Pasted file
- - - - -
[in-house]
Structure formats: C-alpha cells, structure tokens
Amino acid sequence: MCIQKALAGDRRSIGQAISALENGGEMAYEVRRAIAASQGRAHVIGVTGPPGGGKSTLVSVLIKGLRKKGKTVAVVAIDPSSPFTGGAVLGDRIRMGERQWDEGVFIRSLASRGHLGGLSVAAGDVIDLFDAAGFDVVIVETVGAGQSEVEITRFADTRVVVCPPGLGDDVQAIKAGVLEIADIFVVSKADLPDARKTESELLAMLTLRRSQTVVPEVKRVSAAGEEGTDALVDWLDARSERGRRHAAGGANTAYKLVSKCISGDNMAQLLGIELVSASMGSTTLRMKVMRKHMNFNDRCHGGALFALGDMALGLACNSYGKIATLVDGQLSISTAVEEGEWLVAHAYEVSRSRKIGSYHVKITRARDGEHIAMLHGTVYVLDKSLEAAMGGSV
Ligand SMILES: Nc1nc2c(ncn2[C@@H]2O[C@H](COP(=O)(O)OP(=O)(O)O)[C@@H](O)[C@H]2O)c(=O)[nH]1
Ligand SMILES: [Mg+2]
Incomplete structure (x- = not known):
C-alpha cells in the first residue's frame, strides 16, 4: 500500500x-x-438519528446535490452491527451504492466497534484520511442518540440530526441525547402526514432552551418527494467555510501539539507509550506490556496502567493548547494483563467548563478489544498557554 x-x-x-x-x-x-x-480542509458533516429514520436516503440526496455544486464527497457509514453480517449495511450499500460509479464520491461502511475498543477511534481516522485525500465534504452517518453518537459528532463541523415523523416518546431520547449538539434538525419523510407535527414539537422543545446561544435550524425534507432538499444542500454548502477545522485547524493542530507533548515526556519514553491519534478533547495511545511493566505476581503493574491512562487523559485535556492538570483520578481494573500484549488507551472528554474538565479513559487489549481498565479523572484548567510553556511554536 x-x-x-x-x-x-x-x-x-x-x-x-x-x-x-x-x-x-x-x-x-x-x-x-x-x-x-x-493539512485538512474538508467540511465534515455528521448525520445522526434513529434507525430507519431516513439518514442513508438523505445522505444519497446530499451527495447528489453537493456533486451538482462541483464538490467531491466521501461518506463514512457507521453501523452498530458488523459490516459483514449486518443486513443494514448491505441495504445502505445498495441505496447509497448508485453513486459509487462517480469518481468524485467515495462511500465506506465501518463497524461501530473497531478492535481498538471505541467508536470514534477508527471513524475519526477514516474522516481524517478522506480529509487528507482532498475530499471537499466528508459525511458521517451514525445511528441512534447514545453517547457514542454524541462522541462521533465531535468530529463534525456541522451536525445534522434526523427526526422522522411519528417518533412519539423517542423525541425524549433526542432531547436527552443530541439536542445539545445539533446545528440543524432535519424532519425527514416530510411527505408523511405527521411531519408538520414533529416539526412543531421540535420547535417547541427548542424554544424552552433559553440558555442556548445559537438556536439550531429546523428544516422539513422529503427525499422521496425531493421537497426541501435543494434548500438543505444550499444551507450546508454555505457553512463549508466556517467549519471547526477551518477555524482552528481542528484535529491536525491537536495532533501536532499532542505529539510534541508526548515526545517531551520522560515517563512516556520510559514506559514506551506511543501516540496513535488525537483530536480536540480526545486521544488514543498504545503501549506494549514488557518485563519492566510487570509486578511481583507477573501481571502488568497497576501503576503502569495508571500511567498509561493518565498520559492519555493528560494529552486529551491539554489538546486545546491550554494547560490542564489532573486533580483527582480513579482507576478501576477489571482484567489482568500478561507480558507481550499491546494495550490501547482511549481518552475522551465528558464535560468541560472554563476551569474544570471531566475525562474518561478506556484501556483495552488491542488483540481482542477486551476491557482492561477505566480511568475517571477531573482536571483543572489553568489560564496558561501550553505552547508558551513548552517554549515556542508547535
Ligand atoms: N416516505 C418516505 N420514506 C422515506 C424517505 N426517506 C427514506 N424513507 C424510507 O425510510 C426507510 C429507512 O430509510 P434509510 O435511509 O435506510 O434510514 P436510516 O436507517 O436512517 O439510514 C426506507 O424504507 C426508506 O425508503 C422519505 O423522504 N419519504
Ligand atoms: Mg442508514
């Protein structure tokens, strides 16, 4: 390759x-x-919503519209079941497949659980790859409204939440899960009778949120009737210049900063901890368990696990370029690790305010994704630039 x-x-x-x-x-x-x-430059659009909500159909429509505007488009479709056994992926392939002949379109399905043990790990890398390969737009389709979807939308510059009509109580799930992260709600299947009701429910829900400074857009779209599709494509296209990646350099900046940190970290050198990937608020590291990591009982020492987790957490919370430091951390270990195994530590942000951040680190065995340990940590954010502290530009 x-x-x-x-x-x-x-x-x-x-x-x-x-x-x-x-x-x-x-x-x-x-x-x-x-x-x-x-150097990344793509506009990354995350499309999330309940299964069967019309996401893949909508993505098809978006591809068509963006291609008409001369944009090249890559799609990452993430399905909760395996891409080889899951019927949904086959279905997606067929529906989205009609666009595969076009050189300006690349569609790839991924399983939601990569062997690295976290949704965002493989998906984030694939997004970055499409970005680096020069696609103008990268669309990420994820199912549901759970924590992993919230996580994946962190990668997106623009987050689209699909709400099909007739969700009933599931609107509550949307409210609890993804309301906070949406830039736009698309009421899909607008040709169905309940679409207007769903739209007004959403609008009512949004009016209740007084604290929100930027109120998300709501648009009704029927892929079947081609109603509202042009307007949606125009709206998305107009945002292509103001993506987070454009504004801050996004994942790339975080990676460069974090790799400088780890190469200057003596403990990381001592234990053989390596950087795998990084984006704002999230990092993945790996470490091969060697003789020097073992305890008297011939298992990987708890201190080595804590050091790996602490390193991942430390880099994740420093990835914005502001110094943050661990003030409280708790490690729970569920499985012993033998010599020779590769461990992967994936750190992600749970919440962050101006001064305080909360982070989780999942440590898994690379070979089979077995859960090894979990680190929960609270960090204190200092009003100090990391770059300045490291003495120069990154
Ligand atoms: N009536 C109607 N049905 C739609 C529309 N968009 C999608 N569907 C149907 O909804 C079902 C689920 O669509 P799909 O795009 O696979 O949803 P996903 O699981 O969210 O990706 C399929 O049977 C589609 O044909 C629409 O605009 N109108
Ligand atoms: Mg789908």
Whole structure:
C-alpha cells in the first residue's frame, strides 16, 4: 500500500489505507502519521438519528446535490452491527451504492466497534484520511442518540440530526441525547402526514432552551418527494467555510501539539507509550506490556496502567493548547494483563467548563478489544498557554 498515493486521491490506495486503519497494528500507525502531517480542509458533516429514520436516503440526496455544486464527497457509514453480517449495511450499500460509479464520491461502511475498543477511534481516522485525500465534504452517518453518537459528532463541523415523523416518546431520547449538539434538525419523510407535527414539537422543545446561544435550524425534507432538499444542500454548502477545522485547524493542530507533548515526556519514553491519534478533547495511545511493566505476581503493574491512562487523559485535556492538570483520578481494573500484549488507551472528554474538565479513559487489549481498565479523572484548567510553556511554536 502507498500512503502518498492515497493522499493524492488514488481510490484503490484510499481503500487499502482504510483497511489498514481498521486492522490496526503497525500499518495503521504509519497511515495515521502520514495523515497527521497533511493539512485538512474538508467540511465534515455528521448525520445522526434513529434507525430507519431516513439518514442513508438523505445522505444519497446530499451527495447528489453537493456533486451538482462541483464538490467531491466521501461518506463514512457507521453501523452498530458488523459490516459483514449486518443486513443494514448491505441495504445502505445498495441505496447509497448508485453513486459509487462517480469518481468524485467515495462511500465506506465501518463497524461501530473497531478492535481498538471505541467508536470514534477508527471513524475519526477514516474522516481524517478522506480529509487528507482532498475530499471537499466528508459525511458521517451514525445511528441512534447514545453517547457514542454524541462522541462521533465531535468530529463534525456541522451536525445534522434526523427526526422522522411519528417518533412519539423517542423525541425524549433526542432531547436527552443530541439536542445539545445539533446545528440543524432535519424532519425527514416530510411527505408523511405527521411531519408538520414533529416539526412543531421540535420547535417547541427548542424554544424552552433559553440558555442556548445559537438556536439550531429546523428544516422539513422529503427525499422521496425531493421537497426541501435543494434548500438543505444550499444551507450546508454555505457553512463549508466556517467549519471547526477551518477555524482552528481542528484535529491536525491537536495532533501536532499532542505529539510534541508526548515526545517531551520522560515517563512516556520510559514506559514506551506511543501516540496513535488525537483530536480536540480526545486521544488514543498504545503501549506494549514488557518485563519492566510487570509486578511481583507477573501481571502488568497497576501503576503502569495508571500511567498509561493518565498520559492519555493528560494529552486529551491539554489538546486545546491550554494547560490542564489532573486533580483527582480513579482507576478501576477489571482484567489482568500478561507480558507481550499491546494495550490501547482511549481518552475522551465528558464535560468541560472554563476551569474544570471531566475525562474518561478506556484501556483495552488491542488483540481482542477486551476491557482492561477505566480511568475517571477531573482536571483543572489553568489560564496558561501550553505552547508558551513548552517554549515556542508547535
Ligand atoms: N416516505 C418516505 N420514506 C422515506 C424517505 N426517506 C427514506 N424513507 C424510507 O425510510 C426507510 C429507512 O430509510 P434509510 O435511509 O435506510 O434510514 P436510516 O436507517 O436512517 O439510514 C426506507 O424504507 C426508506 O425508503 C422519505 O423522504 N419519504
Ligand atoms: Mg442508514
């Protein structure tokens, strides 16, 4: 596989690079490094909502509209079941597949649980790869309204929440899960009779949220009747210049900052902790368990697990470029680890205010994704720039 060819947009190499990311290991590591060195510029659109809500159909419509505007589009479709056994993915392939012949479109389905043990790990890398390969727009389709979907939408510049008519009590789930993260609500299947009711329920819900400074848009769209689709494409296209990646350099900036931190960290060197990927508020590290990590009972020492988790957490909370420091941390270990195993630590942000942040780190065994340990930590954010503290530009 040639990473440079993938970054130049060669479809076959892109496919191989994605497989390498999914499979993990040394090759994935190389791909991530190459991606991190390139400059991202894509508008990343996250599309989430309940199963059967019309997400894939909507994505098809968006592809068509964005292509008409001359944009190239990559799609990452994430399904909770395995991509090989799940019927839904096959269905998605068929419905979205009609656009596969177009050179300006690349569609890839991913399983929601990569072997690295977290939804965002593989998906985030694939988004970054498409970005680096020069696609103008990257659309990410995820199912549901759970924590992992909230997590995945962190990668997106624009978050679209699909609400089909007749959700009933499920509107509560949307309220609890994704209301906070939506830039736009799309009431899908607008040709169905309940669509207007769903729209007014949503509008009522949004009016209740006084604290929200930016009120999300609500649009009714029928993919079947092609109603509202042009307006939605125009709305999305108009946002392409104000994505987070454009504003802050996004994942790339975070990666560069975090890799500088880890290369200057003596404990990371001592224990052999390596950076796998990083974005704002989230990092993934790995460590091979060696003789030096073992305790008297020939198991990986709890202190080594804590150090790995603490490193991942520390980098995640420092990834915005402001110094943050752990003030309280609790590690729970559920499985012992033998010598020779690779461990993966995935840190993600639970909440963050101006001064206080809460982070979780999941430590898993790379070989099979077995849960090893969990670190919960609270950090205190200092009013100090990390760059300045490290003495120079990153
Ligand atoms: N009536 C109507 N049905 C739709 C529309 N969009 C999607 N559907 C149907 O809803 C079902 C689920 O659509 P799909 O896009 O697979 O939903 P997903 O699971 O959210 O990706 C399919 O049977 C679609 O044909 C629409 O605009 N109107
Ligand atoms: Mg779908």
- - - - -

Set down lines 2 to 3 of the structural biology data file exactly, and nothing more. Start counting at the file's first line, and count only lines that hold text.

Structure formats: C-alpha cells, structure tokens
Amino acid sequence: MCIQKALAGDRRSIGQAISALENGGEMAYEVRRAIAASQGRAHVIGVTGPPGGGKSTLVSVLIKGLRKKGKTVAVVAIDPSSPFTGGAVLGDRIRMGERQWDEGVFIRSLASRGHLGGLSVAAGDVIDLFDAAGFDVVIVETVGAGQSEVEITRFADTRVVVCPPGLGDDVQAIKAGVLEIADIFVVSKADLPDARKTESELLAMLTLRRSQTVVPEVKRVSAAGEEGTDALVDWLDARSERGRRHAAGGANTAYKLVSKCISGDNMAQLLGIELVSASMGSTTLRMKVMRKHMNFNDRCHGGALFALGDMALGLACNSYGKIATLVDGQLSISTAVEEGEWLVAHAYEVSRSRKIGSYHVKITRARDGEHIAMLHGTVYVLDKSLEAAMGGSV